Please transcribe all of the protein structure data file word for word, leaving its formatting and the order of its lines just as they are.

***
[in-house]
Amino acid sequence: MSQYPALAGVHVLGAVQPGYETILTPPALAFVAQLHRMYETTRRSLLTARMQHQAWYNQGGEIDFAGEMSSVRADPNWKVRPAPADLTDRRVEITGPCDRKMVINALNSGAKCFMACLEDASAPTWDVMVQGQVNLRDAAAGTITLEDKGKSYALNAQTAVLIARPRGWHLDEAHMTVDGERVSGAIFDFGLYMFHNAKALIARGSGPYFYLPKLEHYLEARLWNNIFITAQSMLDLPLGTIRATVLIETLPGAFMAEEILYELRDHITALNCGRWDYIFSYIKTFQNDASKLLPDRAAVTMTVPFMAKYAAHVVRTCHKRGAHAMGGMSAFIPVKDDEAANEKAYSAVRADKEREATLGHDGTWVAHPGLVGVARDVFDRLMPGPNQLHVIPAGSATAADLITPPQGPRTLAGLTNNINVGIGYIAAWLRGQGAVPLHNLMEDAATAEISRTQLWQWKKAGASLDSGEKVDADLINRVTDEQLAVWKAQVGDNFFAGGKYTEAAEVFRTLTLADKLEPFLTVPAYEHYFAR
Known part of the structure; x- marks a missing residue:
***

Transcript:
[in-house]
Amino acid sequence: MSQYPALAGVHVLGAVQPGYETILTPPALAFVAQLHRMYETTRRSLLTARMQHQAWYNQGGEIDFAGEMSSVRADPNWKVRPAPADLTDRRVEITGPCDRKMVINALNSGAKCFMACLEDASAPTWDVMVQGQVNLRDAAAGTITLEDKGKSYALNAQTAVLIARPRGWHLDEAHMTVDGERVSGAIFDFGLYMFHNAKALIARGSGPYFYLPKLEHYLEARLWNNIFITAQSMLDLPLGTIRATVLIETLPGAFMAEEILYELRDHITALNCGRWDYIFSYIKTFQNDASKLLPDRAAVTMTVPFMAKYAAHVVRTCHKRGAHAMGGMSAFIPVKDDEAANEKAYSAVRADKEREATLGHDGTWVAHPGLVGVARDVFDRLMPGPNQLHVIPAGSATAADLITPPQGPRTLAGLTNNINVGIGYIAAWLRGQGAVPLHNLMEDAATAEISRTQLWQWKKAGASLDSGEKVDADLINRVTDEQLAVWKAQVGDNFFAGGKYTEAAEVFRTLTLADKLEPFLTVPAYEHYFAR
Known part of the structure; x- marks a missing residue: